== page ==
Features associated with volcanic activity, regional tectonic deformation, and weathering processes are displayed in Chiricahua National Monument. Weathering and erosion processes have created
- Slot Canyons
- Natural Bridge
- Solution Pans
- Rock Varnish
- Inverted Topography
And, the Monument’s distinctive geologic features:
- Balanced Rocks
Volcanic features, primarily related to the Turkey Creek caldera, include:
- The Caldera
- Welded Tuff (Rhyolite Canyon Tuff)
- Fumarole Pipes
- Moat Deposits
- Surge Deposits
- Igneous Dikes
Also see, Geolgic Resources Inventory Report for more information on the park's geologic features.
Fossils have been reported from several units at the Monument. Fossil brachiopods, echinoids spines, and gastropods are abundant in the Concha Limestone, Colina Limestone, Epitaph Dolomite, Earp Formation, and Horquilla Limestone.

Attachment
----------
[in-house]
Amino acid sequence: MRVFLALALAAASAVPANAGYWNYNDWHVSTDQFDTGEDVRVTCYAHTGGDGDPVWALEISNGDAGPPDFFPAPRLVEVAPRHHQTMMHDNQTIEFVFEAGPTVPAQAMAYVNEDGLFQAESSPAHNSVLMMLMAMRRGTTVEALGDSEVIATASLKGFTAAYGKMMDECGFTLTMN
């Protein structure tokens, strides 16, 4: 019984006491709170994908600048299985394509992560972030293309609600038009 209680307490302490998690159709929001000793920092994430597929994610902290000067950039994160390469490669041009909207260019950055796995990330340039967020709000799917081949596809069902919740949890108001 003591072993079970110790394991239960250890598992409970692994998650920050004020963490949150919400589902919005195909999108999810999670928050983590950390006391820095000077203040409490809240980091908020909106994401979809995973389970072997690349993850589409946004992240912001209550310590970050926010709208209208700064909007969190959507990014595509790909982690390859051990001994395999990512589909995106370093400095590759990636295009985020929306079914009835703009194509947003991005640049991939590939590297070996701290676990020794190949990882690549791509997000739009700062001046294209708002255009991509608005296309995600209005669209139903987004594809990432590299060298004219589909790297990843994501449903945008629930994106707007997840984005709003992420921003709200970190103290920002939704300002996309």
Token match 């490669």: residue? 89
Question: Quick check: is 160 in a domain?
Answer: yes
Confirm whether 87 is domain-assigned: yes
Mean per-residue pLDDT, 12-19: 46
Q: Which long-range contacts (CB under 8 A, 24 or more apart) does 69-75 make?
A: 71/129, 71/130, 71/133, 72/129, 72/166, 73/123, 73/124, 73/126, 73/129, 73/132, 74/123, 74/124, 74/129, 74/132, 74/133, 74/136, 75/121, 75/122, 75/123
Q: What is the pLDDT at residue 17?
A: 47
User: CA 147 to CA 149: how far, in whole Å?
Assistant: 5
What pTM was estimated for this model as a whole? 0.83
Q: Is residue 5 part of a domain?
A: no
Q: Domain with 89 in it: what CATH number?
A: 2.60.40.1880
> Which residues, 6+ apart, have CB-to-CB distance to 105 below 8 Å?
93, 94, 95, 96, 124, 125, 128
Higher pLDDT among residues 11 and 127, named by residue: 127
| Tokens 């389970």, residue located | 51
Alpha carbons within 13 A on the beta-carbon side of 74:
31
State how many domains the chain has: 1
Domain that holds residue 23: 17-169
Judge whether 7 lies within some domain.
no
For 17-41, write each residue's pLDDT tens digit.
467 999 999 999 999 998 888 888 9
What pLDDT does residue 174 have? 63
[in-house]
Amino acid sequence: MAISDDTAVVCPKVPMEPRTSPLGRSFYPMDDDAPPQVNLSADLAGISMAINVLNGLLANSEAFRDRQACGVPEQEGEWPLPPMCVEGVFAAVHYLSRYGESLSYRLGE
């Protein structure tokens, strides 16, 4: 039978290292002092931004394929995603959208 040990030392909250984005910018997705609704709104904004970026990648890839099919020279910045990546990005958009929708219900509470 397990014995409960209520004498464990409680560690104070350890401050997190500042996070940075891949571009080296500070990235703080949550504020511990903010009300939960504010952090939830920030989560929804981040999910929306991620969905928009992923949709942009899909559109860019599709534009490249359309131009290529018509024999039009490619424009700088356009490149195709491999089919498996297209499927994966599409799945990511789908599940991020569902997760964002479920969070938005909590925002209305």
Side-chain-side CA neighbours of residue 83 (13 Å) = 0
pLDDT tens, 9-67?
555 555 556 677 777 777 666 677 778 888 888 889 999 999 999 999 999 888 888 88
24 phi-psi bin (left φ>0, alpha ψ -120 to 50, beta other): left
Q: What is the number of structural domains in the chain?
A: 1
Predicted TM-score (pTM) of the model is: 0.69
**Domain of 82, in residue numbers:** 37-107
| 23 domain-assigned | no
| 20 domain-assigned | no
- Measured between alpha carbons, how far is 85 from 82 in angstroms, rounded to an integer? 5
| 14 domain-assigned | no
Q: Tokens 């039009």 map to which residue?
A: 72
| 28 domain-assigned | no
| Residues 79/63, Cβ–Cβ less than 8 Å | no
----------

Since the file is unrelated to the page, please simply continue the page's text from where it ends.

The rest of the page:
The Colina Limestone in the Monument fossils includes bryozoans, brachiopods, pelecypods, gastropods, and echinoids. The Concha Limestone fossil assemblage includes the remains of fusulinid foraminifera, sponges, corals, bryozoans, brachiopods, gastropods, scaphopods, pelecypods, ammonoid cephalopods, echinoids, and crinoids.
All NPS fossil resources are protected under the Paleontological Resources Preservation Act of 2009 (Public Law 111-11, Title VI, Subtitle D; 16 U.S.C. §§ 470aaa - 470aaa-11).
Geology Field Notes
Students and teachers of college-level (or AP) introductory geology or earth science teaching courses will find that each park's Geologic Resource Inventory report includes the Geologic History, Geologic Setting, and Geologic Features & Processes for the park which provides a useful summary of their overall geologic story. See Baseline Inventories, below.
Chiricahua National Monument is a part of the Basin and Range Physiographic Province and shares its geologic history and some characteristic geologic formations with a region that extends well beyond park boundaries.
Geologic Resources Inventory
- Scoping summaries are records of scoping meetings where NPS staff and local geologists determined the park’s geologic mapping plan and what content should be included in the report.